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Prepare for more repossessions

Although the first half of this year will see a lower level of repossessions, affordability pressures and a potential fall in house prices will see them rise in the second half and into next year, according to data collated using our survival analysis technique

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Neil Warman, Chief finance officer, HML

The government, the mortgage lending industry and consumer groups all have a vested interest in predicting which mortgages are likely to fall into arrears and end up in repossession because they all want to keep the numbers as low as possible.

But there is little publicly available information the industry can use for an informed debate about the right way to support customers who fall behind with their payments, who should pick up the tab and how big that tab is likely to be.

One of the stumbling blocks is that information on actual repossessions and those forecasted is only compiled at a national level, whereas all lenders know that significant regional variations exist.

And it is an issue we felt well placed to address, because our business intelligence unit maintains a database of information on 320,000 live mortgage accounts.

This means we are able to take a detailed look at what’s happening with arrears and repossessions on a region-by-region basis and get a clearer insight into what is likely to happen. Our forecast uses a technique called ’survival analysis’ which has been used to predict the likelihood of mortgages being repossessed.

This statistical technique will be familiar to colleagues in the insurance industry, who use the method to forecast ’time until’ behaviour, such as predicting when an insured person is likely to die.

In the mortgage market, the focus to date has understandably been on ’if’ rather than ’when’ a mortgage account will be repossessed.

By cross referencing the results of survival analysis with household data provided by the Office for National Statistics, we have been able to generate a national and regional picture of what is likely to happen to repossessions in the year ahead.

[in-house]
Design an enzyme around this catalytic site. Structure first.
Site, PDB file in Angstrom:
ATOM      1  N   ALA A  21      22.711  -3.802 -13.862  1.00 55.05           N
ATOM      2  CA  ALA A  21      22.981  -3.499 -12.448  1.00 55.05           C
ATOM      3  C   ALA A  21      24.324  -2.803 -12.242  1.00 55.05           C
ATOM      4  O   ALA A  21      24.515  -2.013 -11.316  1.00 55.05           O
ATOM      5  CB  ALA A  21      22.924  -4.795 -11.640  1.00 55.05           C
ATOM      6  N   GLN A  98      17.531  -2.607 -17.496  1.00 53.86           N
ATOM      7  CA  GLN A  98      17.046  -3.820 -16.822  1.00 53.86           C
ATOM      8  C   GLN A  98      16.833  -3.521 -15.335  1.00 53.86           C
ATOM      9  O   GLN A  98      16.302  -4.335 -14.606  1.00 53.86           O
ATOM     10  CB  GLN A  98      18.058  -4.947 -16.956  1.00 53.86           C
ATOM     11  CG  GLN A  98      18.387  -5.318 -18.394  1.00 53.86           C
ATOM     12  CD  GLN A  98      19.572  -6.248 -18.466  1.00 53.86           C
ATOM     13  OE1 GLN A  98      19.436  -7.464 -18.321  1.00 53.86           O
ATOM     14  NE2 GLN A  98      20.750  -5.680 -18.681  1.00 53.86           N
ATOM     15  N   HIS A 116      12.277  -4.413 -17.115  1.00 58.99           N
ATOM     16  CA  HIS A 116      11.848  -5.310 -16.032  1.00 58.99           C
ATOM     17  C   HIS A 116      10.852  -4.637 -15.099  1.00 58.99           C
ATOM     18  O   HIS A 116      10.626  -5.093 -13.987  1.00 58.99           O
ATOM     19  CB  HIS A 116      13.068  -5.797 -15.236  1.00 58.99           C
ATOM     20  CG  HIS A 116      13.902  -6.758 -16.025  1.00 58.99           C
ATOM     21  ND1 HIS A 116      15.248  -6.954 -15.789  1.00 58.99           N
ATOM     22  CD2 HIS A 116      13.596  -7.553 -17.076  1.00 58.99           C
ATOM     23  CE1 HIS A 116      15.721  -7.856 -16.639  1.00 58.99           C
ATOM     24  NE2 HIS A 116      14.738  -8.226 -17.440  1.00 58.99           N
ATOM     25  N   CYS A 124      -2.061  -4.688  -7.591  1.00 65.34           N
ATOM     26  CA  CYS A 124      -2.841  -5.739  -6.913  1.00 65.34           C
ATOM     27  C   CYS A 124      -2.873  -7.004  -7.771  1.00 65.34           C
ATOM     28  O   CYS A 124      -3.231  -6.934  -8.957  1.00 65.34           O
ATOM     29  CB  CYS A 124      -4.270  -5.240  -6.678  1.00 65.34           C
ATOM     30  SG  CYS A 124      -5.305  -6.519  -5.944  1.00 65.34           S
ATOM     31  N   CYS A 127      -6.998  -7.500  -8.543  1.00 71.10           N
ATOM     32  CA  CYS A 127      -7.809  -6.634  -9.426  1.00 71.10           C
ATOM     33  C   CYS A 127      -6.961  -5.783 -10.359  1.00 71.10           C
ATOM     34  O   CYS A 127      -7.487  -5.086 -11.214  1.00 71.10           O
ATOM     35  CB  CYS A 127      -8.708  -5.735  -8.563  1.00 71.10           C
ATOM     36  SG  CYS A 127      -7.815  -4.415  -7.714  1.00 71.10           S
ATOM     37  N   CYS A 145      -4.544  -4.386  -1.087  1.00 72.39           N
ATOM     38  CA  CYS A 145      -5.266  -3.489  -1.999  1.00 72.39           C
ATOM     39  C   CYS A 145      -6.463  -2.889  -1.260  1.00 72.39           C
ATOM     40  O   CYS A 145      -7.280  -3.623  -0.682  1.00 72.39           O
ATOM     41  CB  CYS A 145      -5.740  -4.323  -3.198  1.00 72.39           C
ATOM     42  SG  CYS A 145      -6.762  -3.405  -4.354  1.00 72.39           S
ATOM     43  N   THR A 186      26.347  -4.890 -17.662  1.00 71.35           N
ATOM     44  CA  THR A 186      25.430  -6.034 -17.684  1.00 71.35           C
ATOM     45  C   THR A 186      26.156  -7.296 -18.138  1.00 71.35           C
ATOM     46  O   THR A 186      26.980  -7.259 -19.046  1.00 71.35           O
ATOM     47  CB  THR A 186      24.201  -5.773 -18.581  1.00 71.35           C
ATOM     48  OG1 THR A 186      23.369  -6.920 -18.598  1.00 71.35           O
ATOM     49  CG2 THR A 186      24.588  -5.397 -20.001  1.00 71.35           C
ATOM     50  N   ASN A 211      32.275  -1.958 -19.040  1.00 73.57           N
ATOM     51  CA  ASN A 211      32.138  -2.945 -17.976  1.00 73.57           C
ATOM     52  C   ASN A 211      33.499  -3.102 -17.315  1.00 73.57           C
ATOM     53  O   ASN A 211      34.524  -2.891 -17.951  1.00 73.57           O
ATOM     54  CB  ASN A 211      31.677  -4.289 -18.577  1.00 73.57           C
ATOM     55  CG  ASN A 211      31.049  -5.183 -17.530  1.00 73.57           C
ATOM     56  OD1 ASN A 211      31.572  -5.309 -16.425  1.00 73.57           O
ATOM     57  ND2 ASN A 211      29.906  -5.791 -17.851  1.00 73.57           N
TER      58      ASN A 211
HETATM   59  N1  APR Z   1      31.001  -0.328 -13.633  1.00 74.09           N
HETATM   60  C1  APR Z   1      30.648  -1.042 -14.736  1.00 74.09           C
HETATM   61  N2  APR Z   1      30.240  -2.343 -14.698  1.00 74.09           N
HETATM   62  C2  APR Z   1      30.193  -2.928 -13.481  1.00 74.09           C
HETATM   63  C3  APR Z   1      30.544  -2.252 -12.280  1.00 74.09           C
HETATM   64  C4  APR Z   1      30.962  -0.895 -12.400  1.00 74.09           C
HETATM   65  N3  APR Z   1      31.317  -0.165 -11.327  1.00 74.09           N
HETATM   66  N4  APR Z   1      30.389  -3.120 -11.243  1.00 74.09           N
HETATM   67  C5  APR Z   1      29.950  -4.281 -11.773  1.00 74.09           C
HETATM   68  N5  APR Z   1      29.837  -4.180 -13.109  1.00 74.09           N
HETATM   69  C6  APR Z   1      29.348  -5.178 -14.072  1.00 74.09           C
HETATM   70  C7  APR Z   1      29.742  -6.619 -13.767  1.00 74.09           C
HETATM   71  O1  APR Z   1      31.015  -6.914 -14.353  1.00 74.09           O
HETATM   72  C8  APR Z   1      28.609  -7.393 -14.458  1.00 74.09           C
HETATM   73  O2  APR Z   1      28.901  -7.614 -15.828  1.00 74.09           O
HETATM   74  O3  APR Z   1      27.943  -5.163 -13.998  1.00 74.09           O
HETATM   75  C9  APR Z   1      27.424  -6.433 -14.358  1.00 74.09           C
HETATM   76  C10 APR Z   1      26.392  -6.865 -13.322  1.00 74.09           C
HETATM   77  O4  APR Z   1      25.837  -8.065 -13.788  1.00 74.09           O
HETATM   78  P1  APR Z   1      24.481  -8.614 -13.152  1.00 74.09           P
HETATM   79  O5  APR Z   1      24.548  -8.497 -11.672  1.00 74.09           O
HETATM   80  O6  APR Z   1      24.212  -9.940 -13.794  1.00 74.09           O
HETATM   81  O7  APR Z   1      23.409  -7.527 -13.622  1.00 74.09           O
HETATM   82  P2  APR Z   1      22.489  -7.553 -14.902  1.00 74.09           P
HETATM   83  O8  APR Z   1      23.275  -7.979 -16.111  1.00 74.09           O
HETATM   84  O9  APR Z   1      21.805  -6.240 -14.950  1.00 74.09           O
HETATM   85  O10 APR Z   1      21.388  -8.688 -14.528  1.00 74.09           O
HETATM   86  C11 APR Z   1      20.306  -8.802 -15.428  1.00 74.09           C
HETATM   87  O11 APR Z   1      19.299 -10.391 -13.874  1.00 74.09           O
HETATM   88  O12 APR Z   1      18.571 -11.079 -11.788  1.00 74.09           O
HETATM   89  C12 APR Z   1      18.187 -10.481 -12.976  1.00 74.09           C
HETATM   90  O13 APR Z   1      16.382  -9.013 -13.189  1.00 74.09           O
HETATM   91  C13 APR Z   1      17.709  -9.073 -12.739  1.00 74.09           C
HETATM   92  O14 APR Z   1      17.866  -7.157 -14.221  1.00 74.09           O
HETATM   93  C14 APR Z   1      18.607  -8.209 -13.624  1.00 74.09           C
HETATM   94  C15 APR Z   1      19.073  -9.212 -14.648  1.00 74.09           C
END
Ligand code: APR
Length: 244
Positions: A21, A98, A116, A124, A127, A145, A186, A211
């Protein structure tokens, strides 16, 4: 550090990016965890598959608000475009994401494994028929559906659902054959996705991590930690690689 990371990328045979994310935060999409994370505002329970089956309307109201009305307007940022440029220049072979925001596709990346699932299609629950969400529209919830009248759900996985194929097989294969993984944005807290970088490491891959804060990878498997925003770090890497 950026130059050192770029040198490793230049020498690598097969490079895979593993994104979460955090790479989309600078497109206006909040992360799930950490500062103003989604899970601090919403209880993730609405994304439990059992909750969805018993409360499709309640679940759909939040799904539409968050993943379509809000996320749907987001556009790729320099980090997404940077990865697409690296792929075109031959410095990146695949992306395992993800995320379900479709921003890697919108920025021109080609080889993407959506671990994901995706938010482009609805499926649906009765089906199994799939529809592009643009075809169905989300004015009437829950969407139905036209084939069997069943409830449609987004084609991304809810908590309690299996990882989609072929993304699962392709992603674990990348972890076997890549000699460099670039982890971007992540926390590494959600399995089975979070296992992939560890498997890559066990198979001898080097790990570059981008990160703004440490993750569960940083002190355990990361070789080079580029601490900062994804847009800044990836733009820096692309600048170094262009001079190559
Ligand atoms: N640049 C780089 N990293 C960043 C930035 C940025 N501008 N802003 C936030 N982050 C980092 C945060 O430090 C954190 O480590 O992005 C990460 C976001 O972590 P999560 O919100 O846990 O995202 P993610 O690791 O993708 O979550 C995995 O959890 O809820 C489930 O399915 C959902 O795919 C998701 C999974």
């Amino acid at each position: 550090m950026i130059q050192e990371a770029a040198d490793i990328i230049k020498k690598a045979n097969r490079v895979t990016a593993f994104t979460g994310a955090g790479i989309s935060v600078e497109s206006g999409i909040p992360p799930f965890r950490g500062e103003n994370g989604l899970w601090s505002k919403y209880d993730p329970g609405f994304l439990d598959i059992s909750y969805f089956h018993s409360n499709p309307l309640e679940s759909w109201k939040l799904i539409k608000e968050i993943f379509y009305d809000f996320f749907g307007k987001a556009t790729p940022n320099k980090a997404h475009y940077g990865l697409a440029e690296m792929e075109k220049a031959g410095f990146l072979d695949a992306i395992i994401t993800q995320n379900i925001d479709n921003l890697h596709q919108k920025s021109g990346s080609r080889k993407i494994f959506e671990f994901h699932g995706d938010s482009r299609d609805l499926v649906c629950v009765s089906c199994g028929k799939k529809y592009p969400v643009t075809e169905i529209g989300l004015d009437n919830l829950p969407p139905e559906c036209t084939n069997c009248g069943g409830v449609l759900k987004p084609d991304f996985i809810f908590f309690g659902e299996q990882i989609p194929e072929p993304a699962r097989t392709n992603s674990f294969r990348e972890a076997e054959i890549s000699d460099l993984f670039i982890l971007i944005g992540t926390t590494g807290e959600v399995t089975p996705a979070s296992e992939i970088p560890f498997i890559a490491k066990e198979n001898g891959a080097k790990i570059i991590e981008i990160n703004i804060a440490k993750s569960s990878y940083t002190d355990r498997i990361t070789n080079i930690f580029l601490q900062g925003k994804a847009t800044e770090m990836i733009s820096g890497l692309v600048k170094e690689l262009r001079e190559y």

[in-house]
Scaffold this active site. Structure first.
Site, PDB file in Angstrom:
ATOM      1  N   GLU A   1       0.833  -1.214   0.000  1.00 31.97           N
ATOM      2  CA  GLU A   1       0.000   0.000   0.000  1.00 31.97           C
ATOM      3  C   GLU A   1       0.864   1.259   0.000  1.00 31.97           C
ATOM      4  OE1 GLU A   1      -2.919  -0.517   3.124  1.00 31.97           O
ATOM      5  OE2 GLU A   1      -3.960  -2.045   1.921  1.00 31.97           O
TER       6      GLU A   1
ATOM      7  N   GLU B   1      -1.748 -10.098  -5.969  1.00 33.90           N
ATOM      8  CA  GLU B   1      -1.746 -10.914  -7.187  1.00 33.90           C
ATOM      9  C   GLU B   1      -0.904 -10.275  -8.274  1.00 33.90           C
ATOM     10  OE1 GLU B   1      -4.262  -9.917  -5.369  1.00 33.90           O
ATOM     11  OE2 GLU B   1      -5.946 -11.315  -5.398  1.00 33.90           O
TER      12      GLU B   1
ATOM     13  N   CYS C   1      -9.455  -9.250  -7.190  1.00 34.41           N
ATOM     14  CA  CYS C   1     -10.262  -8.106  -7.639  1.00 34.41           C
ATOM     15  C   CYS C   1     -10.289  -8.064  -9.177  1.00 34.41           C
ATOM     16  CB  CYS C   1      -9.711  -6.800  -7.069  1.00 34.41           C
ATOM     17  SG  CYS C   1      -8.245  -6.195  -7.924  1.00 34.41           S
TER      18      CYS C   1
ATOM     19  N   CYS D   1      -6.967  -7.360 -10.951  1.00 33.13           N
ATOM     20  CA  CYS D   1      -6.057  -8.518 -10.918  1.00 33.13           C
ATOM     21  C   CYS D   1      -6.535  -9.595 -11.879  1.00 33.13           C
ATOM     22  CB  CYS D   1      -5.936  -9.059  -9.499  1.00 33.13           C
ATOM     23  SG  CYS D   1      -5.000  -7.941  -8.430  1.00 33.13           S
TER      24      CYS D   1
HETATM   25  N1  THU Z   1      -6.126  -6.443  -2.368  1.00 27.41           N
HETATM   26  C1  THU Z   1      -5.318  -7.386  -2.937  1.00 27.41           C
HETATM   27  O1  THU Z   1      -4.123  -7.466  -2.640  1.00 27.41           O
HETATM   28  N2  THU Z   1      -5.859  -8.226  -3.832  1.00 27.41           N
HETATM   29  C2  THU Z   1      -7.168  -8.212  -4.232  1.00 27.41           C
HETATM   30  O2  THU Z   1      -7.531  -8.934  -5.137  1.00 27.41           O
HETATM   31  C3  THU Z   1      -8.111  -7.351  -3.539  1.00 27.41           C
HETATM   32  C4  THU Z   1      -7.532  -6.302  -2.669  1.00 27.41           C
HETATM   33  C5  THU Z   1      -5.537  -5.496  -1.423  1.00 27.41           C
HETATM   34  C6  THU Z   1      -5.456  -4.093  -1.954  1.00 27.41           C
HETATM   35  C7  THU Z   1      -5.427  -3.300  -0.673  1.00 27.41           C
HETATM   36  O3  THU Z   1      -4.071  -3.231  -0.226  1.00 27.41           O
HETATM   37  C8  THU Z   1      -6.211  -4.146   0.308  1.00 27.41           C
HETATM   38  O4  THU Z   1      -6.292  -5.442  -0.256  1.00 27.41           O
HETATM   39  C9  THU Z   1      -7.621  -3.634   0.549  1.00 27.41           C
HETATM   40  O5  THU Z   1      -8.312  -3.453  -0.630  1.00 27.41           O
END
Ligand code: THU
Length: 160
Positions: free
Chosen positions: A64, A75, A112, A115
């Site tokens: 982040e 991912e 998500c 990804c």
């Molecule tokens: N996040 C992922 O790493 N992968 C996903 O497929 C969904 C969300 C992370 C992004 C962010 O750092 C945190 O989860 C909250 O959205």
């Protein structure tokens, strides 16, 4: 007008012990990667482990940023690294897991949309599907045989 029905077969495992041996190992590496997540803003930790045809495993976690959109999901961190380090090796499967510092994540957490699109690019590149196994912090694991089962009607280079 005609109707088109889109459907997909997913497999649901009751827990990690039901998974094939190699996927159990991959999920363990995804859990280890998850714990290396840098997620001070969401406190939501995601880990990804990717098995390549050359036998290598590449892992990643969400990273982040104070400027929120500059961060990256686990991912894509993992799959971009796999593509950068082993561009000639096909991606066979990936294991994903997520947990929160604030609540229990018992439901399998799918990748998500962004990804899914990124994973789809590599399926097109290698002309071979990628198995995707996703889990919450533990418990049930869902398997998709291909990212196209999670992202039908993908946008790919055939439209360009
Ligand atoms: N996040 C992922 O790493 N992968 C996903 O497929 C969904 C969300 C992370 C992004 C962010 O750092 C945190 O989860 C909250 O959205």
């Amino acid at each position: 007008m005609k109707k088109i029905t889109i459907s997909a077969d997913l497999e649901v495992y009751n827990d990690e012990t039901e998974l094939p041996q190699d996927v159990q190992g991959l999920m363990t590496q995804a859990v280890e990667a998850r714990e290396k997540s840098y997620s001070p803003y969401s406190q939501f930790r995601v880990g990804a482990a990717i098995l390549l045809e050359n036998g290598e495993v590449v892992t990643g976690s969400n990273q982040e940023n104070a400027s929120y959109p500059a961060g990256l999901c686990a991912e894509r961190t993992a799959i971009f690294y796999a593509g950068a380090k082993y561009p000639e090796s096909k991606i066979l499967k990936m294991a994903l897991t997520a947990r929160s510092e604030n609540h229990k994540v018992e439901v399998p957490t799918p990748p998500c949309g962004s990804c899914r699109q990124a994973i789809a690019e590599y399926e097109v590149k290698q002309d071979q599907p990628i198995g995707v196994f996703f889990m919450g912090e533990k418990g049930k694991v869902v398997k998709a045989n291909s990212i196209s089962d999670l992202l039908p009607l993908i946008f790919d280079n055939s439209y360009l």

“A total of 33,257 homes will be repossessed this year. Unfortunately, we also believe the upward climb will continue into 2012”

We believe this year will be a game of two halves, with 15,557 repossessions in the first half of the year climbing to 17,700 during the second half, as rising inflation, higher interest rates and continued job losses start to take effect.

We are forecasting that 33,257 homes will be repossessed in total this year – 0.3% of all mortgaged properties.

Unfortunately, we also believe the upward climb will continue into 2012, as public sector and benefit cuts start to bite. We anticipate the total number of repossessions rising to between 35,000 and 40,000 next year.

On a regional basis, the picture varies dramatically between areas such as Northern Ireland, where the rate of repossessions is expected to hit 0.83%, nearly three times the national average of 0.3%, and the South-West where the rate of repossessions is forecast to be 0.18%, just over half the national average.

Not only has Northern Ireland experienced an average house price fall of 10.2% last year but it has also suffered as a consequence of its links to the troubled economy of the Republic of Ireland.

The South-West, on the other hand, has benefited from house price increases of 5.3% last year – one of the highest increases in the UK – and a below-average rate of unemployment. Other regions where we anticipate repossessions could rise above the national average this year include Wales at 0.37%, London at 0.34%, the West Midlands at 0.33% and the North-East at 0.33%.

So what are the factors that will drive the lower the level of repossessions during the first six months of this year?

Many of the mortgages taken out at the height of the boom in 2006 and 2007 that will end in repossession have already come through and fed into higher figures last year.

Lenders have also tightened lending criteria, meaning that the risk profile of those obtaining mortgages in the last two to three years has, on average, been significantly better than in the years before the credit crunch.

Consequently, such borrowers have been more able to maintain repayments on their homes and so avoid repossession.

There have also been fewer first-time buyers. While this is not a good omen for the market, first-time buyers do represent a group that is statistically more likely to have their home repossessed than someone buying a subsequent home.

This takes us to the second half of the year, when a number of factors will combine to increase the number of repossessions once again.

Affordability pressures, combined with a continued tightening of lending criteria, may well lead to a fall in house prices this year. This may lead some lenders to repossess properties with high LTVs to avoid potential losses that would materialise as a result of falling asset values.

And finally, the government has reduced the interest payments for unemployed mortgage holders. While the majority of mortgages should not be seriously affected by the change, a considerable minority will be pushed into arrears as the relief payments they receive fail fully to meet their contractual repayment obligations.

These figures in themselves don’t provide the answers to the challenges facing lenders this year but they are an indicator of what’s likely to be in store and, as the saying goes, forewarned is forearmed.

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